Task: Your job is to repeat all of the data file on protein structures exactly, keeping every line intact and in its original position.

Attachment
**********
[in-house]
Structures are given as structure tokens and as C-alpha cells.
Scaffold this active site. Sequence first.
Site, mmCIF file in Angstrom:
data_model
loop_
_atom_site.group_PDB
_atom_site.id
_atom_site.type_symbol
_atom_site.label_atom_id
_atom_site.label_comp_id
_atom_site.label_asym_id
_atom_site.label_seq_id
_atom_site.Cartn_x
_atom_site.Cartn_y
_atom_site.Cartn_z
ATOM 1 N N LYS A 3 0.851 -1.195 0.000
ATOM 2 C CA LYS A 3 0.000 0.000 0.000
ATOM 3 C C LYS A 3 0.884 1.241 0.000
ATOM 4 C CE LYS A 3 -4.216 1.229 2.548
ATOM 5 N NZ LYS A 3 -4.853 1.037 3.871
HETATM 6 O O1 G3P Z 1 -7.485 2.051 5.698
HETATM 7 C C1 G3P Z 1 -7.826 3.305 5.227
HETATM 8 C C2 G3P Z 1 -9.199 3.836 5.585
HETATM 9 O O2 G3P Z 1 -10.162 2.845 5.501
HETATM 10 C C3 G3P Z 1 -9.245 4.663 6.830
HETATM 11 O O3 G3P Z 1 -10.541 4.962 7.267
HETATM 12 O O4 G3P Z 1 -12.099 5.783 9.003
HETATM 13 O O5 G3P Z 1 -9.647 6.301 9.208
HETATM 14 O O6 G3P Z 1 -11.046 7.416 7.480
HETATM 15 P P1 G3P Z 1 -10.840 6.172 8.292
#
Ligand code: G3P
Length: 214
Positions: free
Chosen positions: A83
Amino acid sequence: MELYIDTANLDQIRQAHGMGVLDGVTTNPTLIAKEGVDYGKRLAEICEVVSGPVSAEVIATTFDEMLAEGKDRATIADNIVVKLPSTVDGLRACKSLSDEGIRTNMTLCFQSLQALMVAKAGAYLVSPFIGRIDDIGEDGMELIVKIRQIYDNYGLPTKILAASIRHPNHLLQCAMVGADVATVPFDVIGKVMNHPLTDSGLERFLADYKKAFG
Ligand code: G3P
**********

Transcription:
[in-house]
Structures are given as structure tokens and as C-alpha cells.
Scaffold this active site. Sequence first.
Site, mmCIF file in Angstrom:
data_model
loop_
_atom_site.group_PDB
_atom_site.id
_atom_site.type_symbol
_atom_site.label_atom_id
_atom_site.label_comp_id
_atom_site.label_asym_id
_atom_site.label_seq_id
_atom_site.Cartn_x
_atom_site.Cartn_y
_atom_site.Cartn_z
ATOM 1 N N LYS A 3 0.851 -1.195 0.000
ATOM 2 C CA LYS A 3 0.000 0.000 0.000
ATOM 3 C C LYS A 3 0.884 1.241 0.000
ATOM 4 C CE LYS A 3 -4.216 1.229 2.548
ATOM 5 N NZ LYS A 3 -4.853 1.037 3.871
HETATM 6 O O1 G3P Z 1 -7.485 2.051 5.698
HETATM 7 C C1 G3P Z 1 -7.826 3.305 5.227
HETATM 8 C C2 G3P Z 1 -9.199 3.836 5.585
HETATM 9 O O2 G3P Z 1 -10.162 2.845 5.501
HETATM 10 C C3 G3P Z 1 -9.245 4.663 6.830
HETATM 11 O O3 G3P Z 1 -10.541 4.962 7.267
HETATM 12 O O4 G3P Z 1 -12.099 5.783 9.003
HETATM 13 O O5 G3P Z 1 -9.647 6.301 9.208
HETATM 14 O O6 G3P Z 1 -11.046 7.416 7.480
HETATM 15 P P1 G3P Z 1 -10.840 6.172 8.292
#
Ligand code: G3P
Length: 214
Positions: free
Chosen positions: A83
Amino acid sequence: MELYIDTANLDQIRQAHGMGVLDGVTTNPTLIAKEGVDYGKRLAEICEVVSGPVSAEVIATTFDEMLAEGKDRATIADNIVVKLPSTVDGLRACKSLSDEGIRTNMTLCFQSLQALMVAKAGAYLVSPFIGRIDDIGEDGMELIVKIRQIYDNYGLPTKILAASIRHPNHLLQCAMVGADVATVPFDVIGKVMNHPLTDSGLERFLADYKKAFG
Ligand code: G3P